Online junk food advertising: Could banning it tackle obesity?
The UK government recently unveiled a proposal to ban online advertising of junk food. Could this help improve the nation’s health?
On 10 November 2020, the UK government launched a consultation for a total ‘junk’ food online advert ban. The proposed rules, following on from a broader anti-obesity strategy published earlier in the year, surprised many for being far tougher than expected.
All of this sound and fury, after years of relative inaction, was thought to have resulted from Prime Minister Boris Johnson experiencing a Damascene conversion after he was hard hit by COVID-19, the severity of which he blamed on his elevated weight.
Obesity is indeed one of the biggest public health crises the UK faces, with almost two-thirds of adults in the UK either overweight or living with obesity. Crucially, one-third of children leave primary school overweight or with obesity, making them more likely to become adults carrying excess weight.
What the pandemic has crystallised for many, including our PM, is that living with obesity increases your risk for a number of different diseases, infectious or otherwise. Hence this far-reaching proposed ban of all online adverts promoting ‘junk’ food high in fat, sugar and salt (HFSS), with the explicit aim of helping protect children from developing long-term unhealthy eating habits.
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So what is the evidence that such an intervention would be effective?
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Well, in October 2020, my colleagues from the Centre for Diet and Activity Research (CEDAR) at the University of Cambridge, estimated that banning unhealthy food advertising on television before the 9pm watershed meant that children in the UK would see, on average, 1.5 fewer HFSS advertisements per day. They calculated that removing these had the potential to reduce the number of UK children with obesity by 40,000 and those who are overweight by a further 80,000.
This research however, only examined TV adverts; and anyone with teenaged (or younger) offspring will know they hardly watch any linear TV. Most children today stream much of their video online, where it is estimated that 59 per cent of food and drink adverts are for HFSS products.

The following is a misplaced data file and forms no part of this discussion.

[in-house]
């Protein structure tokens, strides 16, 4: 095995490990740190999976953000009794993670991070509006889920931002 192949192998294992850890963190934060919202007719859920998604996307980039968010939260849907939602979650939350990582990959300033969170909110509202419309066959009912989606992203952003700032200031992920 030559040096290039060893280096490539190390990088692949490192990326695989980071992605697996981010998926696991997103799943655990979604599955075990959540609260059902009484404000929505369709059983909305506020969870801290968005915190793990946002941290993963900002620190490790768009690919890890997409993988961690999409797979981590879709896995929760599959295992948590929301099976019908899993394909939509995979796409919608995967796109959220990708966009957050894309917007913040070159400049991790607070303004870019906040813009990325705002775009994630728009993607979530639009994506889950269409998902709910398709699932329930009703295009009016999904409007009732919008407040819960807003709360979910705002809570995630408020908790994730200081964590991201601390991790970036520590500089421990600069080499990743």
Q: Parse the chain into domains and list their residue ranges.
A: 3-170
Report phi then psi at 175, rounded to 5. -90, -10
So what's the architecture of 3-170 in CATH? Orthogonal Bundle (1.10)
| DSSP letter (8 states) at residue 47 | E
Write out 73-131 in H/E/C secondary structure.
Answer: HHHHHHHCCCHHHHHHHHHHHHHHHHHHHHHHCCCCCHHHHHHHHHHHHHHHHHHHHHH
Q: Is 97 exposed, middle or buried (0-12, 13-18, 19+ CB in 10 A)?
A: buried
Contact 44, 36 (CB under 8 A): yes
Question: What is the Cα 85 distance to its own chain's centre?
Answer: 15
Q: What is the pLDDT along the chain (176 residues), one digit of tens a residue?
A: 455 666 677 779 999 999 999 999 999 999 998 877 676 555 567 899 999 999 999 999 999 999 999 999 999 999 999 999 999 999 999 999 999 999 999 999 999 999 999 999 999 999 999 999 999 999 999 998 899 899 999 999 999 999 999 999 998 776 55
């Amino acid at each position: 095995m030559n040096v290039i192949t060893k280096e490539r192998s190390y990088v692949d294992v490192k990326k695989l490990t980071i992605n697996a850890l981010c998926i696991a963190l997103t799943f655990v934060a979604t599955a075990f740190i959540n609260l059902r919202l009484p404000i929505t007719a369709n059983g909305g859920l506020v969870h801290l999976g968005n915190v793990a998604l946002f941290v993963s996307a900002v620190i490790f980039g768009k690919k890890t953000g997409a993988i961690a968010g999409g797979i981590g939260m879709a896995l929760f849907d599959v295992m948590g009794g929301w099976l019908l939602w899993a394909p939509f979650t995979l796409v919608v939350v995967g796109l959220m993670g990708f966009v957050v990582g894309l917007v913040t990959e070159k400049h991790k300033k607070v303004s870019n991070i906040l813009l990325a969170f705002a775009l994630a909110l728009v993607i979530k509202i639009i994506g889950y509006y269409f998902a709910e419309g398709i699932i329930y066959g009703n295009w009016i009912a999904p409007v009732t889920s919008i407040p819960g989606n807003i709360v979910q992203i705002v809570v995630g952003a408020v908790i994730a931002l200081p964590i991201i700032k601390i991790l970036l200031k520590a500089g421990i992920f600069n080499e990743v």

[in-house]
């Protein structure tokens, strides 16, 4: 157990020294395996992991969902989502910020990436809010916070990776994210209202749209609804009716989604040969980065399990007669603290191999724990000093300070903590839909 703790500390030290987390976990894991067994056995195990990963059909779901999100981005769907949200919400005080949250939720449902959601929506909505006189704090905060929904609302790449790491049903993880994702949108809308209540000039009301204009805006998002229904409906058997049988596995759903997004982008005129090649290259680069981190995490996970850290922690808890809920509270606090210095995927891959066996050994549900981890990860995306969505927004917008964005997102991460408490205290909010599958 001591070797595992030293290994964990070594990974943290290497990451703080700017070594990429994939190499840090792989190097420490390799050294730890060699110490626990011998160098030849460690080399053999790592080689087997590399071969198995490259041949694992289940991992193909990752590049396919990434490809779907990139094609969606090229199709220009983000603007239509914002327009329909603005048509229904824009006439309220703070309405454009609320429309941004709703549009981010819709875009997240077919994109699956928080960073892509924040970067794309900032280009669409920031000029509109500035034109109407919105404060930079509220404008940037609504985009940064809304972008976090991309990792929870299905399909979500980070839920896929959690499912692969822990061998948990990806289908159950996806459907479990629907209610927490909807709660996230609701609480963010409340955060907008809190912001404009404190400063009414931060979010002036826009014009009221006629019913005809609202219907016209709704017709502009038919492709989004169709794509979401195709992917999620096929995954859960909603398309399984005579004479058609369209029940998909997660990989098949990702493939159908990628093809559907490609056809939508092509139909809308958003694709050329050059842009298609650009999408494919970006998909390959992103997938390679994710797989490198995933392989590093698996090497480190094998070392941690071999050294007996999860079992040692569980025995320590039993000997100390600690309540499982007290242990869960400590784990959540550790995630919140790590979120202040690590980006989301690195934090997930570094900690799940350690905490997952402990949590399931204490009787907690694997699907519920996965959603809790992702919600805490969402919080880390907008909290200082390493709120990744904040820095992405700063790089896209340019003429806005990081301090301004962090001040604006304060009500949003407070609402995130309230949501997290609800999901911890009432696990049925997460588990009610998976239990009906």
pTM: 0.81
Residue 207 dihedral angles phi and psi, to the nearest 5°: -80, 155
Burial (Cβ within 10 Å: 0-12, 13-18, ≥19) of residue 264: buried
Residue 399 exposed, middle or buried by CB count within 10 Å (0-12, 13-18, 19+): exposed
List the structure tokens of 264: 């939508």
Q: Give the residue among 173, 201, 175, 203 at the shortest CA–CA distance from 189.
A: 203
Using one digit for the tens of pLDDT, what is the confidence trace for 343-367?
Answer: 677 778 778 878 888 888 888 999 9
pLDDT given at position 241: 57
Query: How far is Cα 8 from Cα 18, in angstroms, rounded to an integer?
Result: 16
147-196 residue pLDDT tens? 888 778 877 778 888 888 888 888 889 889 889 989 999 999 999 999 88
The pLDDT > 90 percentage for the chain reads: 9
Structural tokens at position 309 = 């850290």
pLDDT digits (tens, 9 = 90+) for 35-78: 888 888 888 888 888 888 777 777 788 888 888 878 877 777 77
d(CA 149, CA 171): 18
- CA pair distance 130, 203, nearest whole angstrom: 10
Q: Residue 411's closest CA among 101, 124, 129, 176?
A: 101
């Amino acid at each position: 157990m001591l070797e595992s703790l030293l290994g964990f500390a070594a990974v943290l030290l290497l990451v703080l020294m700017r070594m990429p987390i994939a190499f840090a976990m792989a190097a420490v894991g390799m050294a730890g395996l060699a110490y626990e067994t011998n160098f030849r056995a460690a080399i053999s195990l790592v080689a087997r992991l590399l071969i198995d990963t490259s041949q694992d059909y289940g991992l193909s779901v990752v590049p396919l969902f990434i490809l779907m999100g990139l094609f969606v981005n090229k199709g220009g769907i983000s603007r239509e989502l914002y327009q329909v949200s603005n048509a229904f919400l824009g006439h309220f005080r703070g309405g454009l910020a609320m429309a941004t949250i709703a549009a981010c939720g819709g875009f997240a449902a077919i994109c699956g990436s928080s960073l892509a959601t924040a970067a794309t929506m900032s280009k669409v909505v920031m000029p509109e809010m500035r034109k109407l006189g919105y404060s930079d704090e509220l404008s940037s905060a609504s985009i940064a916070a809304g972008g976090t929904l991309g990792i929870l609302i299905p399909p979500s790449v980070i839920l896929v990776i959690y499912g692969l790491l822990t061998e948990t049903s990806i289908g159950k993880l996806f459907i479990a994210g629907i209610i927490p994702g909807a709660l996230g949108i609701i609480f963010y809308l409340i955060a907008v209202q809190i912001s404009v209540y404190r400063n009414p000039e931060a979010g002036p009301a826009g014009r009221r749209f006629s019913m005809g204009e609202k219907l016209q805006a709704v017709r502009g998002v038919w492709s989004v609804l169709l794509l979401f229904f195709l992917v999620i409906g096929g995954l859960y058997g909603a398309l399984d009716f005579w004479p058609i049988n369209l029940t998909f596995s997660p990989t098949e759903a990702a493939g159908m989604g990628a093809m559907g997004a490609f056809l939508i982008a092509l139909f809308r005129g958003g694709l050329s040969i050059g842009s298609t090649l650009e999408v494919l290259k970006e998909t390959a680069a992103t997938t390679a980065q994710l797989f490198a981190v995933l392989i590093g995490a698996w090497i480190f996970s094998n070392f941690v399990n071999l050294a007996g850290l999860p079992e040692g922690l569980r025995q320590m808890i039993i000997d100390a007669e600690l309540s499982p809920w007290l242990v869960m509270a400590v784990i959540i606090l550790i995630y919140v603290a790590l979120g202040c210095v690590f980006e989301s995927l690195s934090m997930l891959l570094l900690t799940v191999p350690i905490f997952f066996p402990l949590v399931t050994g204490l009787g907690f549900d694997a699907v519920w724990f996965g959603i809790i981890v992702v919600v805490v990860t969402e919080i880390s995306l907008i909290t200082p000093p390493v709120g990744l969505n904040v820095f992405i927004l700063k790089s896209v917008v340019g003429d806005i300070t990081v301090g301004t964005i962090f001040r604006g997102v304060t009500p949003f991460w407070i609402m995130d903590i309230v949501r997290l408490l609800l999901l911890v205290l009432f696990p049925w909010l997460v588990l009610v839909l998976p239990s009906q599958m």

I am actually surprised that the number is not higher. When was the last time you saw a food advert (online or otherwise) for broccoli, or cabbage, or beef, or tofu? Instead, the majority of ads will be for major restaurant chains and for pre-packaged foods, with the total size of the online HFSS food and drink advertising market estimated at around £438m.
In addition, accessing content online also renders the concept of a ‘watershed’ moot, thus the proposed banning of ALL such online adverts.
Unsurprisingly, many big beasts in the food industry are pushing back hard on this. A number of manufacturers and brands, including Mars and Kellogg’s, have a written to the government seeking more time to respond to the consultation, arguing that the plans would disproportionately hit small- and medium-sized business.
They cite, as an example of this, a hypothetical local wedding cake business, potentially being unable to share product details on its Instagram account. If true, this would be a fair point.
However, I’m certain the regulators would be able to differentiate between a multi-national corporation advertising burgers or pizzas and ‘Wilma’s Wonder Wedding Cakes’ from the local high street promoting their tiered sponge confectionery.
Here is the bottom line. Children, if left to their own devices (pun fully intended), are likely to seek out the foods that are high in calorie density (fat and sugar). This is an evolutionarily conserved trait to ensure a small helpless mammal grows as quickly as possible to reduce their chances of becoming tiger food. We, as a society, are therefore duty-bound to protect our children, whatever size they are, from the choices they are hardwired to make in this current food environment.
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Crucially, research suggests that such an online advert ban will be most beneficial to children whose parents earn the least (and are therefore at increased risk of obesity and other diet-related illnesses), compared to those who earn the most, thus additionally playing a role in reducing socioeconomic health inequalities.
As with most things, the devil is, of course, in the detail. What will fall under the HFSS umbrella? At the time of writing, this was still not clear. Also, what would constitute a ‘successful’ intervention?
We must resist eye-catching, but ultimately crude, short-term outcomes such as ‘did it single-handedly reduce obesity?’, that sets the intervention up for perceived failure. What will be required is high-quality independent evaluation that should measure multiple health and societal outcomes. This will take time and require patience – a trait lacking in most humans.
The causes of obesity are complex, encompassing a myriad of interacting biological, environmental and socioeconomic factors. Thus, a comprehensive approach is needed to address all the drivers that influence health and weight, including a non-hysterical and sober discussion of food advertisement that targets children.
Giles is a geneticist at the University of Cambridge